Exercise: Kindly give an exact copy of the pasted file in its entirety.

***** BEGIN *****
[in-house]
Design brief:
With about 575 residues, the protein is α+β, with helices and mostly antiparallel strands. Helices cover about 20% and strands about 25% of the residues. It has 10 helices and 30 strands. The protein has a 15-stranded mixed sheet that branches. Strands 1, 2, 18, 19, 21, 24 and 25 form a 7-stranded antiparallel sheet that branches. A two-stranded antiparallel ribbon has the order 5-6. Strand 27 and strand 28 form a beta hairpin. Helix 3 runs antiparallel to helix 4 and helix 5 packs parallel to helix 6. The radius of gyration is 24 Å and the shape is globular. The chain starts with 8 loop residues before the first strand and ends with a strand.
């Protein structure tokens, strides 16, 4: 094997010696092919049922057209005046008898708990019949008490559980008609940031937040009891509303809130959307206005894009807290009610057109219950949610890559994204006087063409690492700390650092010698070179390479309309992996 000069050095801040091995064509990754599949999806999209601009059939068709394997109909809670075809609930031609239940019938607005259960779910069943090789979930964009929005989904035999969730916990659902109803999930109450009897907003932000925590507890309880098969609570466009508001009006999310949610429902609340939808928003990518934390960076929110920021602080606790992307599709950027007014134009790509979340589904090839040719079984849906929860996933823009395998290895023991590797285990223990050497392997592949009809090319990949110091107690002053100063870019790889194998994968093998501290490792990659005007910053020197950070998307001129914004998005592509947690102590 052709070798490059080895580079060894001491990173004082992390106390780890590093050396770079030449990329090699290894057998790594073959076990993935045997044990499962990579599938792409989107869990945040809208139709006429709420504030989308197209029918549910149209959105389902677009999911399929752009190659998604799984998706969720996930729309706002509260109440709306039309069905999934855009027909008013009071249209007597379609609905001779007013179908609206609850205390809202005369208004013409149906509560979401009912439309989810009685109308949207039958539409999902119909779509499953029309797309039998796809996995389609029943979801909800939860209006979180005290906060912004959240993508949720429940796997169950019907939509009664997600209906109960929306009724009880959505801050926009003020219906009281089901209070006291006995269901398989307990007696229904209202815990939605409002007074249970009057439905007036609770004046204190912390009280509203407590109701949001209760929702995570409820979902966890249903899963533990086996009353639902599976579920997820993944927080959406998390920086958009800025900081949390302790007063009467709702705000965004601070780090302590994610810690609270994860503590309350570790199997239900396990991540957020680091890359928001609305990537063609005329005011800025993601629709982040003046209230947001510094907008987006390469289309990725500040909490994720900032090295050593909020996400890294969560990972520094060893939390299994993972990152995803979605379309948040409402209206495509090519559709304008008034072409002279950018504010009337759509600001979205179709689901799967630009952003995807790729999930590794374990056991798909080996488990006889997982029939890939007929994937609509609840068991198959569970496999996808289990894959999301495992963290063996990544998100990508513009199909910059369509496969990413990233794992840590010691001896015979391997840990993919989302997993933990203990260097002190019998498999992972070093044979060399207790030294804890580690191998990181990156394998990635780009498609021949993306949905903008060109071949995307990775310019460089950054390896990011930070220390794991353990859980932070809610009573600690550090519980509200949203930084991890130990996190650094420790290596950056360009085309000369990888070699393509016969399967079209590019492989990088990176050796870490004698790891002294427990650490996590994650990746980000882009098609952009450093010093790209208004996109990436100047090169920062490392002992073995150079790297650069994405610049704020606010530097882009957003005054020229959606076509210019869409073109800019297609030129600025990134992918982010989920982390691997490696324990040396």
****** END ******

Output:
[in-house]
Design brief:
With about 575 residues, the protein is α+β, with helices and mostly antiparallel strands. Helices cover about 20% and strands about 25% of the residues. It has 10 helices and 30 strands. The protein has a 15-stranded mixed sheet that branches. Strands 1, 2, 18, 19, 21, 24 and 25 form a 7-stranded antiparallel sheet that branches. A two-stranded antiparallel ribbon has the order 5-6. Strand 27 and strand 28 form a beta hairpin. Helix 3 runs antiparallel to helix 4 and helix 5 packs parallel to helix 6. The radius of gyration is 24 Å and the shape is globular. The chain starts with 8 loop residues before the first strand and ends with a strand.
């Protein structure tokens, strides 16, 4: 094997010696092919049922057209005046008898708990019949008490559980008609940031937040009891509303809130959307206005894009807290009610057109219950949610890559994204006087063409690492700390650092010698070179390479309309992996 000069050095801040091995064509990754599949999806999209601009059939068709394997109909809670075809609930031609239940019938607005259960779910069943090789979930964009929005989904035999969730916990659902109803999930109450009897907003932000925590507890309880098969609570466009508001009006999310949610429902609340939808928003990518934390960076929110920021602080606790992307599709950027007014134009790509979340589904090839040719079984849906929860996933823009395998290895023991590797285990223990050497392997592949009809090319990949110091107690002053100063870019790889194998994968093998501290490792990659005007910053020197950070998307001129914004998005592509947690102590 052709070798490059080895580079060894001491990173004082992390106390780890590093050396770079030449990329090699290894057998790594073959076990993935045997044990499962990579599938792409989107869990945040809208139709006429709420504030989308197209029918549910149209959105389902677009999911399929752009190659998604799984998706969720996930729309706002509260109440709306039309069905999934855009027909008013009071249209007597379609609905001779007013179908609206609850205390809202005369208004013409149906509560979401009912439309989810009685109308949207039958539409999902119909779509499953029309797309039998796809996995389609029943979801909800939860209006979180005290906060912004959240993508949720429940796997169950019907939509009664997600209906109960929306009724009880959505801050926009003020219906009281089901209070006291006995269901398989307990007696229904209202815990939605409002007074249970009057439905007036609770004046204190912390009280509203407590109701949001209760929702995570409820979902966890249903899963533990086996009353639902599976579920997820993944927080959406998390920086958009800025900081949390302790007063009467709702705000965004601070780090302590994610810690609270994860503590309350570790199997239900396990991540957020680091890359928001609305990537063609005329005011800025993601629709982040003046209230947001510094907008987006390469289309990725500040909490994720900032090295050593909020996400890294969560990972520094060893939390299994993972990152995803979605379309948040409402209206495509090519559709304008008034072409002279950018504010009337759509600001979205179709689901799967630009952003995807790729999930590794374990056991798909080996488990006889997982029939890939007929994937609509609840068991198959569970496999996808289990894959999301495992963290063996990544998100990508513009199909910059369509496969990413990233794992840590010691001896015979391997840990993919989302997993933990203990260097002190019998498999992972070093044979060399207790030294804890580690191998990181990156394998990635780009498609021949993306949905903008060109071949995307990775310019460089950054390896990011930070220390794991353990859980932070809610009573600690550090519980509200949203930084991890130990996190650094420790290596950056360009085309000369990888070699393509016969399967079209590019492989990088990176050796870490004698790891002294427990650490996590994650990746980000882009098609952009450093010093790209208004996109990436100047090169920062490392002992073995150079790297650069994405610049704020606010530097882009957003005054020229959606076509210019869409073109800019297609030129600025990134992918982010989920982390691997490696324990040396």